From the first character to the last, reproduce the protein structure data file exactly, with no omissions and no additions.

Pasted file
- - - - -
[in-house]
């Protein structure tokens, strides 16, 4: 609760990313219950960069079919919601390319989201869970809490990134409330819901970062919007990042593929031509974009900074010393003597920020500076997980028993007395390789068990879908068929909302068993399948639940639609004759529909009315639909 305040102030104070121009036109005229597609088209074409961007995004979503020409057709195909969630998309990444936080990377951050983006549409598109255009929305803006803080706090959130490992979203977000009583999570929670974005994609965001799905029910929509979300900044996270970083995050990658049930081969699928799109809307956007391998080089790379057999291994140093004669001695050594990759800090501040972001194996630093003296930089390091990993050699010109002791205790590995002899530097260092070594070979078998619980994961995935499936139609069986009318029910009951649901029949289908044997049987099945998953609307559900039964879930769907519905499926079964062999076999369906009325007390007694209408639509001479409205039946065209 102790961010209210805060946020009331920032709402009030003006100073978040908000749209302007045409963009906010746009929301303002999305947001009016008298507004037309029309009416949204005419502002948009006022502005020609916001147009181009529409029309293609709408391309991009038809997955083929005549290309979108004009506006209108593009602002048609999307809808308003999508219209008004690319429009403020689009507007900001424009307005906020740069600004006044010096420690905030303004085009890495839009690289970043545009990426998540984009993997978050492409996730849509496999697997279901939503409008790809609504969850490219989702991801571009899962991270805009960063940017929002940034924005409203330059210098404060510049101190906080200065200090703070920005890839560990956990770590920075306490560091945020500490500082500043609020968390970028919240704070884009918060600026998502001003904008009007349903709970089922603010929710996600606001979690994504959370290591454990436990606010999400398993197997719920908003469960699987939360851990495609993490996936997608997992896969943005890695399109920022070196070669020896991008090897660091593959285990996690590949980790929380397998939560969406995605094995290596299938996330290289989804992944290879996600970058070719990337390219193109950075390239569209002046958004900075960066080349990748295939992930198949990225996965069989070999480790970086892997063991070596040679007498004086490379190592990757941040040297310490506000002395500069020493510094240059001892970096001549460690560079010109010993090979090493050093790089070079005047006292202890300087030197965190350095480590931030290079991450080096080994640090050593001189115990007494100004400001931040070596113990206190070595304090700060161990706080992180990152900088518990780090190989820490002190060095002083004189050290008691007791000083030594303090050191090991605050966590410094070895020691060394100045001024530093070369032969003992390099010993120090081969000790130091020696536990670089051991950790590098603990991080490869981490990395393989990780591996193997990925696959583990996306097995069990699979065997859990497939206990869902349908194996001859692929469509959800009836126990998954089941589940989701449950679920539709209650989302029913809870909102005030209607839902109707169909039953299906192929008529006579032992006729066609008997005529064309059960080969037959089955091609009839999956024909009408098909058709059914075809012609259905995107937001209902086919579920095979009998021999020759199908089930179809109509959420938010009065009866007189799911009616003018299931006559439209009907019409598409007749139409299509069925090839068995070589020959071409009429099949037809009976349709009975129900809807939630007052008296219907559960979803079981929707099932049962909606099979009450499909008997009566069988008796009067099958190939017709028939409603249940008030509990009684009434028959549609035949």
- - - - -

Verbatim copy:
[in-house]
């Protein structure tokens, strides 16, 4: 609760990313219950960069079919919601390319989201869970809490990134409330819901970062919007990042593929031509974009900074010393003597920020500076997980028993007395390789068990879908068929909302068993399948639940639609004759529909009315639909 305040102030104070121009036109005229597609088209074409961007995004979503020409057709195909969630998309990444936080990377951050983006549409598109255009929305803006803080706090959130490992979203977000009583999570929670974005994609965001799905029910929509979300900044996270970083995050990658049930081969699928799109809307956007391998080089790379057999291994140093004669001695050594990759800090501040972001194996630093003296930089390091990993050699010109002791205790590995002899530097260092070594070979078998619980994961995935499936139609069986009318029910009951649901029949289908044997049987099945998953609307559900039964879930769907519905499926079964062999076999369906009325007390007694209408639509001479409205039946065209 102790961010209210805060946020009331920032709402009030003006100073978040908000749209302007045409963009906010746009929301303002999305947001009016008298507004037309029309009416949204005419502002948009006022502005020609916001147009181009529409029309293609709408391309991009038809997955083929005549290309979108004009506006209108593009602002048609999307809808308003999508219209008004690319429009403020689009507007900001424009307005906020740069600004006044010096420690905030303004085009890495839009690289970043545009990426998540984009993997978050492409996730849509496999697997279901939503409008790809609504969850490219989702991801571009899962991270805009960063940017929002940034924005409203330059210098404060510049101190906080200065200090703070920005890839560990956990770590920075306490560091945020500490500082500043609020968390970028919240704070884009918060600026998502001003904008009007349903709970089922603010929710996600606001979690994504959370290591454990436990606010999400398993197997719920908003469960699987939360851990495609993490996936997608997992896969943005890695399109920022070196070669020896991008090897660091593959285990996690590949980790929380397998939560969406995605094995290596299938996330290289989804992944290879996600970058070719990337390219193109950075390239569209002046958004900075960066080349990748295939992930198949990225996965069989070999480790970086892997063991070596040679007498004086490379190592990757941040040297310490506000002395500069020493510094240059001892970096001549460690560079010109010993090979090493050093790089070079005047006292202890300087030197965190350095480590931030290079991450080096080994640090050593001189115990007494100004400001931040070596113990206190070595304090700060161990706080992180990152900088518990780090190989820490002190060095002083004189050290008691007791000083030594303090050191090991605050966590410094070895020691060394100045001024530093070369032969003992390099010993120090081969000790130091020696536990670089051991950790590098603990991080490869981490990395393989990780591996193997990925696959583990996306097995069990699979065997859990497939206990869902349908194996001859692929469509959800009836126990998954089941589940989701449950679920539709209650989302029913809870909102005030209607839902109707169909039953299906192929008529006579032992006729066609008997005529064309059960080969037959089955091609009839999956024909009408098909058709059914075809012609259905995107937001209902086919579920095979009998021999020759199908089930179809109509959420938010009065009866007189799911009616003018299931006559439209009907019409598409007749139409299509069925090839068995070589020959071409009429099949037809009976349709009975129900809807939630007052008296219907559960979803079981929707099932049962909606099979009450499909008997009566069988008796009067099958190939017709028939409603249940008030509990009684009434028959549609035949």